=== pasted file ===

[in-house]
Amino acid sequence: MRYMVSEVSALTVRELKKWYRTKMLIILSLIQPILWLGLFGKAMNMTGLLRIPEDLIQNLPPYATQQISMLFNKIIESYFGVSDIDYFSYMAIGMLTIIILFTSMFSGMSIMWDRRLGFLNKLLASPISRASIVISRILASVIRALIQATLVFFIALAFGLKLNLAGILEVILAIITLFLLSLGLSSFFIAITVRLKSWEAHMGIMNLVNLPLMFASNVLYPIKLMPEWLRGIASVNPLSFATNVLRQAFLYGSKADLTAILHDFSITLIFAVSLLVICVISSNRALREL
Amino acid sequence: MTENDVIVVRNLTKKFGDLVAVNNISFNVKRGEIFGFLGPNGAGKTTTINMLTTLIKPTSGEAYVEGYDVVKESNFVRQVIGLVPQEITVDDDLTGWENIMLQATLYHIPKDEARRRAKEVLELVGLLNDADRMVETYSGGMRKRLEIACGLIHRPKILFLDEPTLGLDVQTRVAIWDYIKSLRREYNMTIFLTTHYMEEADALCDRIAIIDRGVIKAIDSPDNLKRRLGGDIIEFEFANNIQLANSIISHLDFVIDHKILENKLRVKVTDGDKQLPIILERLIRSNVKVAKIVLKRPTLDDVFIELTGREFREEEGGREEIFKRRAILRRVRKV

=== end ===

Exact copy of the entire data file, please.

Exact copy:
[in-house]
Amino acid sequence: MRYMVSEVSALTVRELKKWYRTKMLIILSLIQPILWLGLFGKAMNMTGLLRIPEDLIQNLPPYATQQISMLFNKIIESYFGVSDIDYFSYMAIGMLTIIILFTSMFSGMSIMWDRRLGFLNKLLASPISRASIVISRILASVIRALIQATLVFFIALAFGLKLNLAGILEVILAIITLFLLSLGLSSFFIAITVRLKSWEAHMGIMNLVNLPLMFASNVLYPIKLMPEWLRGIASVNPLSFATNVLRQAFLYGSKADLTAILHDFSITLIFAVSLLVICVISSNRALREL
Amino acid sequence: MTENDVIVVRNLTKKFGDLVAVNNISFNVKRGEIFGFLGPNGAGKTTTINMLTTLIKPTSGEAYVEGYDVVKESNFVRQVIGLVPQEITVDDDLTGWENIMLQATLYHIPKDEARRRAKEVLELVGLLNDADRMVETYSGGMRKRLEIACGLIHRPKILFLDEPTLGLDVQTRVAIWDYIKSLRREYNMTIFLTTHYMEEADALCDRIAIIDRGVIKAIDSPDNLKRRLGGDIIEFEFANNIQLANSIISHLDFVIDHKILENKLRVKVTDGDKQLPIILERLIRSNVKVAKIVLKRPTLDDVFIELTGREFREEEGGREEIFKRRAILRRVRKV